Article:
It started with my PocketPC and Palm, but since I’ve had my iPhone I’ve really come to appreciate the merits of a casual game. I also believe there are certain rules that must be adhered to for a game to be “casual”. It must be accessible to people who don’t normally play games. It must be designed in such a way that it’s challenging yet not frustrating to the player. And while things like precision and accuracy are nice, they don’t necessarily make for a good casual game. Tap Tap Balloon tries really hard, but I think it fails a bit in the frustration / precision areas.
There’s no question that the concept is accessible, and in fact it’s actually quite cool. The screen is split in half (though this is conceptual, as there is no line down the center of the screen), and on each half of the screen is a numbered set of balloons. The object of the game is to clear away the balloons by pressing the same numbered balloon on each side of the screen.
In normal mode you have levels, each of which is comprised of a series of 10 waves. As you progress through the levels you’ll get more balloons per wave and the balloons will be more mixed up as to how they are placed on the screen. There is a timer that perpetually decreases, and it decreases even faster when you make an incorrect mach. However, it will go up slightly every time you make a correct match. When the timer completely depletes the game is over. You must complete a level with a certain minimum score in order to earn at least one star, and all levels in a group must be completed with at least one star to unlock the next group of levels. In Endless mode you just get wave after wave of balloons. Every so many waves more balloons will be added, and just like in Normal mode the order gets crazier with each passing wave.
The control is quite simple. You just tap the two balloons you want to pop. There are a couple of problems with how this works, though. First of all, timing can be a real issue. Even if you have your fingers over the right two balloons, if the timing with which you tap them isn’t just right you’ll fail. The other issue is that because you’re fingers are in constant motion all over the screen and the game requires two hands to play, it can be difficult finding a way to hold the device that’s both comfortable and allows you enough flexibility of movement to do well in the game. The result is a lot of frustrating moments where you think you’ve hit the right thing only to get the gut wrenching noise of failure. The funny thing is that on most games this would be enough to make me want to give up, but with Tap Tap Balloons I feel oddly compelled to keep playing until I beat a level.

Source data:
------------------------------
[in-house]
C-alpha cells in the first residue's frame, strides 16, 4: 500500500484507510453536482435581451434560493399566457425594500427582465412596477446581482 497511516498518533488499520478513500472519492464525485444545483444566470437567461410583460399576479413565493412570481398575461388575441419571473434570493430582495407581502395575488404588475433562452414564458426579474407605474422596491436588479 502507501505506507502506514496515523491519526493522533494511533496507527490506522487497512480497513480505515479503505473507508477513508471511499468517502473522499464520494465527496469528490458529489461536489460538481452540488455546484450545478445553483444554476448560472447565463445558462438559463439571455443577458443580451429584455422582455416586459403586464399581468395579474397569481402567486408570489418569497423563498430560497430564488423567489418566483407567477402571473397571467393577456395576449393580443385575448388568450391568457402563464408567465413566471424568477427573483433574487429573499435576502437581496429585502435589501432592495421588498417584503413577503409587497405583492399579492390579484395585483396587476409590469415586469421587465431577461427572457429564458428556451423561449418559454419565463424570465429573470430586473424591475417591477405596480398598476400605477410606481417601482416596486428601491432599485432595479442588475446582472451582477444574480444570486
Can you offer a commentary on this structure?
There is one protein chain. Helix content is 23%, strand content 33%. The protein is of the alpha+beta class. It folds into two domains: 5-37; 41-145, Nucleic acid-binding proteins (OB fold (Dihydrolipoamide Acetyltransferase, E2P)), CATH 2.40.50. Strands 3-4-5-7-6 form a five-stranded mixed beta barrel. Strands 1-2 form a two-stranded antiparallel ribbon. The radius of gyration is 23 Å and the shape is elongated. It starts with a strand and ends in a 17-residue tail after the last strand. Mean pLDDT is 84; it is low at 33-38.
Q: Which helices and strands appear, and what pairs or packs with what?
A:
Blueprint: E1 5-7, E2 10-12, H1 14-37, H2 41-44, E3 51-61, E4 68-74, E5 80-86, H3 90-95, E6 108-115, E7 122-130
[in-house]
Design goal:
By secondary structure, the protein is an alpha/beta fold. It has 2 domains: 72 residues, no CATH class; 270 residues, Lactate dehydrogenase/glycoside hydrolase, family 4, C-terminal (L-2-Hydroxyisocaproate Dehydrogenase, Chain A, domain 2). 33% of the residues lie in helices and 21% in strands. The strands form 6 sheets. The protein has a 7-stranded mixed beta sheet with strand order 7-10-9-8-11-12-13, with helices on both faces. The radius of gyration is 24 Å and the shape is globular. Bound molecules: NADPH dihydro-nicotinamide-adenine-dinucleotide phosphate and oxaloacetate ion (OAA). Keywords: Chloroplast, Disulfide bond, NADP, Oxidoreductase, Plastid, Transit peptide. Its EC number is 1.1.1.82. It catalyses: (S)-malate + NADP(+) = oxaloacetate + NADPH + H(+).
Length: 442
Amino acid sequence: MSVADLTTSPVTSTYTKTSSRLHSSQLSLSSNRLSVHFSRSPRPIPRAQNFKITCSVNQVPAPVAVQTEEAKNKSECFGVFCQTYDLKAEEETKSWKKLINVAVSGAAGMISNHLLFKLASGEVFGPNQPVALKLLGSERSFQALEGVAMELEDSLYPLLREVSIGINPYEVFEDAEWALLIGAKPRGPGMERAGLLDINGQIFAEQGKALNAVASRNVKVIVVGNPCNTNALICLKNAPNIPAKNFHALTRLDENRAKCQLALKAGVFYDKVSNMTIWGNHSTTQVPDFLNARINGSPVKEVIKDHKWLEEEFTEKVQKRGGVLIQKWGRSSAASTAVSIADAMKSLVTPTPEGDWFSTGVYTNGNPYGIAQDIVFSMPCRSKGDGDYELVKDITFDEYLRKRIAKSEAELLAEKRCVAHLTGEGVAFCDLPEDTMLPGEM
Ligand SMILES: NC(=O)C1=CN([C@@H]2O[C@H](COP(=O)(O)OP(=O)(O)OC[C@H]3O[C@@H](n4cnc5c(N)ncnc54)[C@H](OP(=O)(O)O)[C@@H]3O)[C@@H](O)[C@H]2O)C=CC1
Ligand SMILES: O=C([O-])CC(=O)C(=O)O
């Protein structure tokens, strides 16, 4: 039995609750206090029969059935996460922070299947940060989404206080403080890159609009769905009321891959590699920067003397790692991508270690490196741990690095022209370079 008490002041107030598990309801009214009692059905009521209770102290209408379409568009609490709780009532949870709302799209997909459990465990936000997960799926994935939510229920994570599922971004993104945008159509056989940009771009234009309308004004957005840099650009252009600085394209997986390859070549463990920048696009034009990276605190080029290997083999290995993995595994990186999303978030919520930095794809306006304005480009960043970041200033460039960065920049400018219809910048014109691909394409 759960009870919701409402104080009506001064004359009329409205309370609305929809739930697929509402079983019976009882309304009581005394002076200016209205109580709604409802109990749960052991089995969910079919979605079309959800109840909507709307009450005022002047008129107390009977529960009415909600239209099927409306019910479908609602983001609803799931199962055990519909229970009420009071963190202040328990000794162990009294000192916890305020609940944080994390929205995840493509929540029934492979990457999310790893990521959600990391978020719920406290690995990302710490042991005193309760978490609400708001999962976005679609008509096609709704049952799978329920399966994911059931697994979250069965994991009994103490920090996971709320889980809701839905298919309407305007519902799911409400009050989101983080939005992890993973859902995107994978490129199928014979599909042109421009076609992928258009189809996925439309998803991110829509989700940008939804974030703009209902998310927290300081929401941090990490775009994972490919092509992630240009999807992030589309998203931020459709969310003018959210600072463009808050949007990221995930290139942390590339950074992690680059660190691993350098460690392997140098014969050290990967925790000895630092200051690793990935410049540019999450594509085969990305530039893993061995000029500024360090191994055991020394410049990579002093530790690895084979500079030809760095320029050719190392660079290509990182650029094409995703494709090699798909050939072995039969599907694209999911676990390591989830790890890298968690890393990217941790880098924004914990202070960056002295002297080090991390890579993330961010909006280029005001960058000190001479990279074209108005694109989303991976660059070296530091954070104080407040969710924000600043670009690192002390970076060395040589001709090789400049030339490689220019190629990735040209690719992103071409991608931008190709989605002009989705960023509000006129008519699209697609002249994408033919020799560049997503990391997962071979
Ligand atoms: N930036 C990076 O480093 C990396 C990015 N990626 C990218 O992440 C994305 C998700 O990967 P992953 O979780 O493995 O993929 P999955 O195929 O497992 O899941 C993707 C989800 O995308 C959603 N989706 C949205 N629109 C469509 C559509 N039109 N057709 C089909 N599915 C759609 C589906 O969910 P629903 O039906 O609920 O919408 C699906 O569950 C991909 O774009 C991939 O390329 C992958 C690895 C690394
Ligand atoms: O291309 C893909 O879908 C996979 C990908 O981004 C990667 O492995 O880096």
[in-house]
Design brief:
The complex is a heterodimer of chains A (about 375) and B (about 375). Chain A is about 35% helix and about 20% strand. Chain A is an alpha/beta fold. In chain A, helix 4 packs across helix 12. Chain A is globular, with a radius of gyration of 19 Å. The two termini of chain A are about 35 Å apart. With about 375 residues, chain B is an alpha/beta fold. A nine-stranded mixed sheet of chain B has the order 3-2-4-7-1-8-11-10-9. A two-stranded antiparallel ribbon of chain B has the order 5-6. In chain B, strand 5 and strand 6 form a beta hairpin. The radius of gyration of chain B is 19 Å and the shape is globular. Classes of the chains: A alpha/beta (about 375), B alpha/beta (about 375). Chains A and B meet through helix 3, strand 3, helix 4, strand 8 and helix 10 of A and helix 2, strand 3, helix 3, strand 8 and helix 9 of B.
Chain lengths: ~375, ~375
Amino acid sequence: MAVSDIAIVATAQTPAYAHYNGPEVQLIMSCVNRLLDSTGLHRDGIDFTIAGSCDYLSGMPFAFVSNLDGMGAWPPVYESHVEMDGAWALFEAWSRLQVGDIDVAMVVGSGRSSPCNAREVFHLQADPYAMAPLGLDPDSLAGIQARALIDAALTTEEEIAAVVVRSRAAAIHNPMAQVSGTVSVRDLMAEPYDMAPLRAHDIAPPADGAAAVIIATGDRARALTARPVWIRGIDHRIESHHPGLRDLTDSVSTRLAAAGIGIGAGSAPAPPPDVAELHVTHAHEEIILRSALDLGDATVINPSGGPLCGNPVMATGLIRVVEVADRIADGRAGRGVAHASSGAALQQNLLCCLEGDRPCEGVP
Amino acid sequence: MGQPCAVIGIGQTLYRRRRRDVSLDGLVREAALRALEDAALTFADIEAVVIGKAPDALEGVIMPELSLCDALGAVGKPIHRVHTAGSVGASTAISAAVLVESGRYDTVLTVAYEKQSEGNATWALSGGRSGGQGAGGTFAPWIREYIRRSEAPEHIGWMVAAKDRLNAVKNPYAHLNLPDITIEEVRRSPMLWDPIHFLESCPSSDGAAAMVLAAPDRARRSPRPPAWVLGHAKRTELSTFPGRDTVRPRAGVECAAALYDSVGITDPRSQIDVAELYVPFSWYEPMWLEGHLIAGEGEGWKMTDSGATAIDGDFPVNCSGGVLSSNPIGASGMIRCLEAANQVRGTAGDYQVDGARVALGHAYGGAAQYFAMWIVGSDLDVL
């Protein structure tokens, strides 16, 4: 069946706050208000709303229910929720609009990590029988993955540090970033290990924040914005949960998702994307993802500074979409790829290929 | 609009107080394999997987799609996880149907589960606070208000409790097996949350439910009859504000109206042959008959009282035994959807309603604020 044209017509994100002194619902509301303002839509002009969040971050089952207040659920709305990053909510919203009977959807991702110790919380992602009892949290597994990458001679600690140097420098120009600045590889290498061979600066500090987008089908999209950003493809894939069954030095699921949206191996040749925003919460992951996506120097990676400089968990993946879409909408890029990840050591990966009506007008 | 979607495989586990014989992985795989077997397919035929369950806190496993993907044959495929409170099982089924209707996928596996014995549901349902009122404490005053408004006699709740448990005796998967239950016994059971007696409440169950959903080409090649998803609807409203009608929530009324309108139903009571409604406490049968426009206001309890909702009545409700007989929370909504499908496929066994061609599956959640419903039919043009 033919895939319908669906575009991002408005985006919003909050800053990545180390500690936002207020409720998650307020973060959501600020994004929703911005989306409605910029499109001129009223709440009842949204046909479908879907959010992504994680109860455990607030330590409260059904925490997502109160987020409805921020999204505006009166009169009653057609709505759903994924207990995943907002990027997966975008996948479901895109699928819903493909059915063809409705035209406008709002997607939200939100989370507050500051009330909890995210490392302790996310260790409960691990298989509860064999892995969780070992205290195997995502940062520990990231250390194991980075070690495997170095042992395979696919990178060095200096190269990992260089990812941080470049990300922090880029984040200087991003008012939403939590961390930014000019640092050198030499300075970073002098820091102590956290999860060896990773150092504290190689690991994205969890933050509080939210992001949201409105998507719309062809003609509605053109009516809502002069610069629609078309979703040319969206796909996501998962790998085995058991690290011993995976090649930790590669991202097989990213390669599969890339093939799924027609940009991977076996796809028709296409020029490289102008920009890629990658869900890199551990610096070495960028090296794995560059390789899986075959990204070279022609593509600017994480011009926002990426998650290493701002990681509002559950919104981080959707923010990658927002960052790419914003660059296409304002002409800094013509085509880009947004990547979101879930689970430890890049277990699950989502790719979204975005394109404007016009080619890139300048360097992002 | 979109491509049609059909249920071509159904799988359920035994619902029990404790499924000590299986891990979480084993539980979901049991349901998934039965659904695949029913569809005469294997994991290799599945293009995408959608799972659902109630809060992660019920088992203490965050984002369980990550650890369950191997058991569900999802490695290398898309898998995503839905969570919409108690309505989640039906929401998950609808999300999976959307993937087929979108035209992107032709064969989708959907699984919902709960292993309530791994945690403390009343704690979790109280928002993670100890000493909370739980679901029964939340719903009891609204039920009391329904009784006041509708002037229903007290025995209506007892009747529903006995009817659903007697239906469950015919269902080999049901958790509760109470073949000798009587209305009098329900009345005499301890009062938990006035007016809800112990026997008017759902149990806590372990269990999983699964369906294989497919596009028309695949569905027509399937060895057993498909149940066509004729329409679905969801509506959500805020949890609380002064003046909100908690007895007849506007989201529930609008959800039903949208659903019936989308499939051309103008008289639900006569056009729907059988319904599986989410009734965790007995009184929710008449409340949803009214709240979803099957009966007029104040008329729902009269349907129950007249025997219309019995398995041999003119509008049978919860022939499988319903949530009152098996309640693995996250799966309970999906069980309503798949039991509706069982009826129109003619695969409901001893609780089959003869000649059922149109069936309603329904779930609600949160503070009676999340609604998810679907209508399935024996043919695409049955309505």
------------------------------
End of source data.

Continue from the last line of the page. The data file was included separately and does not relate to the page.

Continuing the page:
Visually the game is simple but nice. There is no background to avoid any distractions, so you basically have the balloons and the timer in the upper left corner. The balloons look cool, and the one that need to be tapped next will pulse a bit to let you know they’re ready to be tapped. The effect when correctly tapped balloons fade away is decent as well. I also like how the timer bar kind of dances a bit when time is running low. Of course, that might be as much of a distraction as having backgrounds would be!
The sound of tapping balloons correctly actually gets a bit old after a while, but then your only other option is the boing of an incorrectly selected option, so I guess I’ll stick with the “good” noise. The music when things are going great is nice and peaceful and really quite relaxing. Once the timer gets into the danger level, however, the music turns into this 80s ghetto adventure movie track that’s actually a bit of a hindrance. When that music starts playing it makes me kind of nervous, and I find myself making a lot more mistakes. It’s something akin to the annoying Final Jeopardy theme.
This is the rough part of the review. Here’s where I’m supposed to say “everyone go out and buy this”. The truth is, I really like the game, despite my frustrations with the controls. Thankfully it requires two hands, though, so I can’t pull out my hair while I’m playing! I guess the problem is that I’m not really sure what the target audience for this game is. It acts like a casual game, but I think casual gamers will get frustrated quickly with the less than desirable controls. Hard core gamers, on the other hand, will most likely find the concept too simple, and they might get frustrated with the controls. As such, I’m going to have to give the game a cautionary rating.